Last week, 222 music educators from across the U.S. were recognized as quarterfinalists in the 2015 GRAMMY Music Educator Award. The GRAMMY Music Educator Award program began in 2012 and named its first recipient, Kent Knappenberger, late last year. Music for All is proud that 11 music teachers who participate in MFA programming were honored by the GRAMMY Foundation. More than 7,000 nominations from all 50 states were submitted this year. Semifinalists will be announced in September, with Finalists and the winner named in December.
In a middle school band, just the thought of performing could send a student into a panic attack. For several students in Florida, their nervousness likely went a step further. Phil Collins came out of semi-retirement last week to perform with the Miami Country Day School band, where his son attends. The British musician and singer-songwriter performed some of his hits with the middle school band. While definitely before any of the kids' times, I'm sure the kids had a blast playing with Collins. The performance has also generated plenty of press for the Miami Country Day School band, as this video had close to 285,000 views when this blog was posted. The performance, which you can view below, was Collins' first since 2010.
I can still remember vividly field trips in elementary school to the local symphony orchestra for matinee concerts. Musicians would also visit the school and introduce each of the different instruments and feature an instrument petting zoo for students who would then begin band the next year. For kids across the country, this is a common experience, including students across the Bay Area in California. 30,000 students visit the San Francisco Symphony each year, providing many their very first live music experience. The San Francisco Symphony also features an outreach initiative for underserved areas of the Silicon Valley called Concerts for Kids. Volunteers of the Silicon Valley League of the San Francisco Symphony bring students to concerts and introduce them to live classical music. Does your community feature a similar program? We'd love to hear about it – click here to tell us your story!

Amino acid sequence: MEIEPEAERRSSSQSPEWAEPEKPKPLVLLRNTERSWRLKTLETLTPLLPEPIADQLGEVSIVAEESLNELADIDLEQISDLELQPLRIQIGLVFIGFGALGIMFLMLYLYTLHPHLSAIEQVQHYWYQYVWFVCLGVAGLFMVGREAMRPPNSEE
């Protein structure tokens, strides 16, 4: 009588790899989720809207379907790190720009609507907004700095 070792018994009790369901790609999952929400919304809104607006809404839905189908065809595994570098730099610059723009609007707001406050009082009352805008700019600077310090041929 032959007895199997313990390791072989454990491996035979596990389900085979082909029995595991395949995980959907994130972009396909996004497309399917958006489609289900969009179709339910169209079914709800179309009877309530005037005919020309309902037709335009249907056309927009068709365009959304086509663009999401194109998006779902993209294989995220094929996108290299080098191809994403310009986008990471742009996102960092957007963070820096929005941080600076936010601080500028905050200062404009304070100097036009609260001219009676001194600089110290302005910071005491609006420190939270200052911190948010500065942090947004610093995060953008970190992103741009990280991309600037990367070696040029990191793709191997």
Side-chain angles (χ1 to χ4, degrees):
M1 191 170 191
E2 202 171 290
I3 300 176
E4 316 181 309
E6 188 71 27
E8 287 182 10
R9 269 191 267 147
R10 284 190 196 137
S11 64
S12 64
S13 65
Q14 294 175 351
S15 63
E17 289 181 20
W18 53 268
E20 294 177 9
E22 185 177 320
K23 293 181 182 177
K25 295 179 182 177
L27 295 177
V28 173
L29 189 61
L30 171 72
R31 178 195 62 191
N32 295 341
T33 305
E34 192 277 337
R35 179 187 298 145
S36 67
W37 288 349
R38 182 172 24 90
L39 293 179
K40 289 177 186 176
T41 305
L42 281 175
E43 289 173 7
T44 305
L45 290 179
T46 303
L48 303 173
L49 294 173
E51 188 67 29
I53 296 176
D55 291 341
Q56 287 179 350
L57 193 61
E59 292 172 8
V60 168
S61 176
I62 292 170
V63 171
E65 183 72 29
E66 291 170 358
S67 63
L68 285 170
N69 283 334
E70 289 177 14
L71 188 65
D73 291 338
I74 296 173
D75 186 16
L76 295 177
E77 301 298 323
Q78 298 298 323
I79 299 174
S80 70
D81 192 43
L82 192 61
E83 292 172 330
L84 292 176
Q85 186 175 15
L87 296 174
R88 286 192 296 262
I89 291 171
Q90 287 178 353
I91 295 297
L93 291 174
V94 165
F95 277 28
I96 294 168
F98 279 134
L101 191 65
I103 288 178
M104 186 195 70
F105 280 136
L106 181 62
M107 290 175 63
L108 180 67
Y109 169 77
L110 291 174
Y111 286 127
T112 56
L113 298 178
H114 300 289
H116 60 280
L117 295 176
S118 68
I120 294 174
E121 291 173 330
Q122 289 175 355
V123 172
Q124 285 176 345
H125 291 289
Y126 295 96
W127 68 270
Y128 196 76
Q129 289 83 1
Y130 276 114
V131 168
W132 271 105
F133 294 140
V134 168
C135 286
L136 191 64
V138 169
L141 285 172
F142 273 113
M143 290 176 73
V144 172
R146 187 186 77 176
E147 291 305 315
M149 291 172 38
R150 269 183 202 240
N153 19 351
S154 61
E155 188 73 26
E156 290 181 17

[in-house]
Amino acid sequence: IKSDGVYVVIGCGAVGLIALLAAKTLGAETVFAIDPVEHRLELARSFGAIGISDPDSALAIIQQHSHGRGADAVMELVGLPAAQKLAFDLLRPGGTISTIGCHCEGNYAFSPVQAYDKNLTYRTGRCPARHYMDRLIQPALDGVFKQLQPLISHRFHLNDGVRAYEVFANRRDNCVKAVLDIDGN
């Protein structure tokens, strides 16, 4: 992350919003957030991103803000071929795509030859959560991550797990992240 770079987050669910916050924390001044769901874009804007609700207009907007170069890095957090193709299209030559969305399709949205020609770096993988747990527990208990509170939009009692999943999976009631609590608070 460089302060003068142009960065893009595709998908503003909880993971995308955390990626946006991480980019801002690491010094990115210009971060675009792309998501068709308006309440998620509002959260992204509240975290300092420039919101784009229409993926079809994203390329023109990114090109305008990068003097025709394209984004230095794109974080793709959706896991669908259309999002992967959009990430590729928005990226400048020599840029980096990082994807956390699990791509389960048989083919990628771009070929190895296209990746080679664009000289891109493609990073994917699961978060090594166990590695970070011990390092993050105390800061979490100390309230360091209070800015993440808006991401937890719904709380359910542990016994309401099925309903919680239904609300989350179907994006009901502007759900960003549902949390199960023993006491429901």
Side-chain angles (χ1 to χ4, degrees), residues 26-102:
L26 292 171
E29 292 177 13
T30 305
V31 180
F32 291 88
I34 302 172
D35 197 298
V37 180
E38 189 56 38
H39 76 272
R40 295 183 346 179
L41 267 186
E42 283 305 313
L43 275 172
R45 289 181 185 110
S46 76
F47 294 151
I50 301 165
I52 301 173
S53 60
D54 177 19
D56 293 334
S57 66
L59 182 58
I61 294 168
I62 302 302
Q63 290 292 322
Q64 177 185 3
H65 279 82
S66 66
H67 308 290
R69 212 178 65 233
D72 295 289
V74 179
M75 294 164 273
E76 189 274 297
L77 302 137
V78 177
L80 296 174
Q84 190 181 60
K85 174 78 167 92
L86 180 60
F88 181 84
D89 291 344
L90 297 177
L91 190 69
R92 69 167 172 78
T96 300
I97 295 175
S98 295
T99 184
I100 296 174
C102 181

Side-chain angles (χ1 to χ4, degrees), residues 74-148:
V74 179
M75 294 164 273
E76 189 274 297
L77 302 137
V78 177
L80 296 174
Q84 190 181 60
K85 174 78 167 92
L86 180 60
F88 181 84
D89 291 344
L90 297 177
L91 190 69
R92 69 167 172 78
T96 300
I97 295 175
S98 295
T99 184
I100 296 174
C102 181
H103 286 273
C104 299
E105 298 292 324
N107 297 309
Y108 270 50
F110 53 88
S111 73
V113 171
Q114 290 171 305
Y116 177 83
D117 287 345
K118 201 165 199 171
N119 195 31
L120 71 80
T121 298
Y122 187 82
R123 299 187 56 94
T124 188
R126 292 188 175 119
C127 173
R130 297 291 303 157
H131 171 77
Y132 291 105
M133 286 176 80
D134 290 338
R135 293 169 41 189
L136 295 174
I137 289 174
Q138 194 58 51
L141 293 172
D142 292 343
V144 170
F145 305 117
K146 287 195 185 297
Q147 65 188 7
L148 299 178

We have featured several articles and social media posts about the incredible work of Dr. Nina Kraus at Northwestern University, who has been a leader in researching the scientific benefits of musical instruction. A student of Dr. Kraus wrote this recent blog post explaining why scientific evidence is an excellent resource for making the case for music education. Jessica Slater states: "If a policy-maker isn’t swayed by music teachers telling them that the kids who play music seem to do better in school, perhaps they will listen to researchers saying that music training strengthens attention and memory skills, or improves the ability to hear a teacher in a noisy classroom, or the precision of neural responses to speech." If you're having trouble convincing a representative of the benefits of music education in your community, I encourage you to check out Ms. Slater's blog post for plenty of scientific research to make your case.
If you are not familiar with a YouTube phenomenon called "ASAPScience," I encourage you to click here, block out an hour or two of your time and learn the scientific reasoning behind tons of phenomenon in our society. From "The Science of Laziness" to "Which Came First: The Chicken or The Egg," ASAPScience is an easy way to learn more about our fascinating world. Last week, the creators of ASAPScience featured a post focusing on our ears and followed up with a moving video on how music can impact your life. They referenced clinical trials where playing music from each decade has helped brain injury patients regain some memories, as well as a trial where individuals associated the happiness/mood of a photo depending on what type of music was playing in the background. Watch the video for yourself below, and let us know if you think music can save a life!